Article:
Dan Edelstyn and Hilary Powell

Dan Edelstyn and Hilary Powell: Photograph: Tim Sullivan

In 2006, Hackney-based film-maker Dan Edelstyn discovered a manuscript in his mother’s attic which inspired a vodka adventure which continues to this day.

The memoirs of Edelstyn’s grandmother, Maroussia Zorokovich, revealed her privileged upbringing in Ukraine, her suffering following the Russian Revolution in 1917 and eventual emigration to the UK.

In her childhood, the Zorokovich family estate included a distillery and, on a visit in 2008 to learn more of his ancestral roots, Edelstyn became captivated by the idea of bringing back vodka produced on the site once owned by his family.

As seen in his debut feature film, documenting the ongoing foray into the industry, becoming a vodka tsar is far more complex today than it might seem, when staring up into the family tree.

His great-great-grandfather was of peasant stock but, with an iron will, amassed land and great riches.

“He couldn’t read or write,” Edelstyn tells me, “but he took all the land in that area of Ukraine.

“He was an entrepreneur. He built up this huge empire and he lived in this massive mansion, with his wife and his lover at the same time. His lover was there in this very thin disguise as a housemaid.”

The family was broken by the rise of the Bolsheviks, losing everything. The spirit distillery is now property of the state and, when approaching those in charge of it four years ago, Edelstyn was faced with having to explain that he had no grand designs on what had once belonged to his family.

“First they were suspicious of us, thinking we’d come back to take the distillery.”

They were able to allay the concerns of the management, with the help of a ‘fixer’. “He was someone who would translate for us and then it gradually evolved,” says Edelstyn.

“Now he’s a business partner, he knows everyone inside our business, all of the different suppliers. He’s got a great portfolio of people he can call.”

Having crossed that first prickly hurdle, Edelstyn resolved to take on the challenge of creating, producing, bottling and shipping a brand new vodka, from Ukraine to the UK, with no shortcuts.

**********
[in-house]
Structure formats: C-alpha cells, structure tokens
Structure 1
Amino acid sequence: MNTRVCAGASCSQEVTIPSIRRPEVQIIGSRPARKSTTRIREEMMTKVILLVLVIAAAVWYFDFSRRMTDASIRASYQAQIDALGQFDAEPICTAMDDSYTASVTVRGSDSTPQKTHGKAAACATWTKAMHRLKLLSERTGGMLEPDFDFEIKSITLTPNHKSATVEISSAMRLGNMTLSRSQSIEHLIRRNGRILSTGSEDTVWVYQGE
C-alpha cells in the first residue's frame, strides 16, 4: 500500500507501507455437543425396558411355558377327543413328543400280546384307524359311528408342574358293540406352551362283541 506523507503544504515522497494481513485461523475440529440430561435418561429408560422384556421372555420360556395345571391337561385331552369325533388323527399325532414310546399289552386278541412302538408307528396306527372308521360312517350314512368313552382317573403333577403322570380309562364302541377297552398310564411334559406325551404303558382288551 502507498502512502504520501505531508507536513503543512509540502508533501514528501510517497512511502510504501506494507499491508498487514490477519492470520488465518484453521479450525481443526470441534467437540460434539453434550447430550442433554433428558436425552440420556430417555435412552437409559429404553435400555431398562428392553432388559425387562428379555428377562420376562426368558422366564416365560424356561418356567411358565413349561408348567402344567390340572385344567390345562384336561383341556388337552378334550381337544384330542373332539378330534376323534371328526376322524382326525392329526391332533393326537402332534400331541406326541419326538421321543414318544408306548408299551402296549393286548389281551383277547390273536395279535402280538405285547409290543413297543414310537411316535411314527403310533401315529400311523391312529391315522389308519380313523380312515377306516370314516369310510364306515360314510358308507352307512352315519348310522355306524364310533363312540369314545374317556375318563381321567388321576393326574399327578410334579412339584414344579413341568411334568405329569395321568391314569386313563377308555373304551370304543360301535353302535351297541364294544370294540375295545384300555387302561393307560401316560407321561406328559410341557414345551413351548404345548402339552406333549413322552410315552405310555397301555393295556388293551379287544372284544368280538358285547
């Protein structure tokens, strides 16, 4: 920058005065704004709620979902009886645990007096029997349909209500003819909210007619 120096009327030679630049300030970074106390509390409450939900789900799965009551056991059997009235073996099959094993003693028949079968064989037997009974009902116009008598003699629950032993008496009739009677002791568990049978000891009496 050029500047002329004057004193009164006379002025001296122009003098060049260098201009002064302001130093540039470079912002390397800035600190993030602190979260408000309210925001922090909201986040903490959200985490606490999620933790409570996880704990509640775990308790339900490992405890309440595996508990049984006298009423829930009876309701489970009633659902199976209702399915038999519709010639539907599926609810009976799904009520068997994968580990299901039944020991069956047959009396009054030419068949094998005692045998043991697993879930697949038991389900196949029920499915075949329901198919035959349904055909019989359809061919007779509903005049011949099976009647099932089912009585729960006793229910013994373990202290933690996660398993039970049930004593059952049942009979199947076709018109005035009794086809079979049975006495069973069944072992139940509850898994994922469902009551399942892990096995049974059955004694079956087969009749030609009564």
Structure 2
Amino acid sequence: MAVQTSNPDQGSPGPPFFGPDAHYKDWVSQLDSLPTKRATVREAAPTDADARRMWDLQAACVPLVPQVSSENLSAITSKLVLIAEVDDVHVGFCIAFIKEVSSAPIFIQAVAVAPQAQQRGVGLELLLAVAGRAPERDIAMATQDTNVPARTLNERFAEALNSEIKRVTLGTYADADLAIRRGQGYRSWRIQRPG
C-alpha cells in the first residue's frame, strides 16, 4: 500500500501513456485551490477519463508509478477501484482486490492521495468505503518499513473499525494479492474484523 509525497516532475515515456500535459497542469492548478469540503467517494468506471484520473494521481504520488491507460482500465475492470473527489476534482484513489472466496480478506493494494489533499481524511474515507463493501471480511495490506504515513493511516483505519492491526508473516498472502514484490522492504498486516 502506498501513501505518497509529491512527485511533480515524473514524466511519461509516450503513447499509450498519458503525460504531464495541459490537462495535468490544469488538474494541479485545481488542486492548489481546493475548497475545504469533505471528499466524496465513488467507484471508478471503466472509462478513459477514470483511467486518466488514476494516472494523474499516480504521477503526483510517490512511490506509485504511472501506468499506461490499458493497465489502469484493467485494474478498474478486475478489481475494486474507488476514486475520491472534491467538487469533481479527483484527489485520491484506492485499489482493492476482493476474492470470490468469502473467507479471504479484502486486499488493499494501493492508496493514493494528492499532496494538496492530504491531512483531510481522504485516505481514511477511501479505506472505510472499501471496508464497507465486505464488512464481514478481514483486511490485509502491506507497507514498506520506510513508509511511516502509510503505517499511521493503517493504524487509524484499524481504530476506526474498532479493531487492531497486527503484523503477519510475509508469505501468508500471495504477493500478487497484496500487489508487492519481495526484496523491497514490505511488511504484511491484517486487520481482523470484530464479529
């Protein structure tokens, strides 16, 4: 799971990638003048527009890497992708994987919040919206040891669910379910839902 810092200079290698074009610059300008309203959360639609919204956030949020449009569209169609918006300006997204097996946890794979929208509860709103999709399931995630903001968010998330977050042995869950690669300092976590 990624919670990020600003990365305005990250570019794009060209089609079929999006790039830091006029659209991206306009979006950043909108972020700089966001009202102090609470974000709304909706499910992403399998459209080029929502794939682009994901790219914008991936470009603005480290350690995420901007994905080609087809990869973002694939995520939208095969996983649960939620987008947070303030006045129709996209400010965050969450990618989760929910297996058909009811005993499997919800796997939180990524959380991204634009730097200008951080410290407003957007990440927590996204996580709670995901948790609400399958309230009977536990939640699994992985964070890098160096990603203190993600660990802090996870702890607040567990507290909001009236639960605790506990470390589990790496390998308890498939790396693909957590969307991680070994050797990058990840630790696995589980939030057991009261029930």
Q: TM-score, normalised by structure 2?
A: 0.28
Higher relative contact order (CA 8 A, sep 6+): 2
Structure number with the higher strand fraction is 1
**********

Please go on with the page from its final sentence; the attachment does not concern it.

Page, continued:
“My first thought was ‘bottle up the stuff here, bring it across, change the name and that will be it’. But it became clear to me that I had to create a brand. I had to have my own liquid, my own recipe. I learned the ropes, bit by bit and made mistakes.”

The film tells a story that will be familiar to anyone who has started a new venture and experienced the excitement, the anxiety, the turmoil, and the pride in the final result.

“As a film-maker it became my duty to get carried away as an entrepreneur, because if I didn’t it wouldn’t have made a good film.”

On meeting Edelstyn in his Homerton studio, I am presented with a generous sample of Zorokovich 1917, in a shot glass, garnished with a gherkin. Edelstyn has had a whirlwind couple of years and explains what he sees as quite a surreal present.

“I’m a film-maker who’s now made his first feature film. It’s premiered at London Film Festival and it’s doing very well,” he says. “But I’m also selling vodka door to door in Stamford Hill. I’m trying to make sure that it is an interesting brand that can be a bit different from those other corporate giants.”

So much has changed for Edelstyn since that first journey to Ukraine, except the passion for film-making and a commitment to his grandmother’s memory and her place of birth.

“I like to keep documenting the process – we’re always filming. I want to make sure that it engages people and it’s doing something fresh. Hopefully we’re going to start putting money back into the village once we start turning a profit.

“I stumbled upon this bizarre and wonderful legacy and I’m just enjoying trying to make something of that.”

How To Re-Establish a Vodka Empire is showing at Hackney Picturehouse on Monday 19 March, the Rio Cinema on Saturday 24th, and the Institute of Contemporary Arts 16, 17, 18, 21 and 22 March.

For more information, go to My Vodka Empire.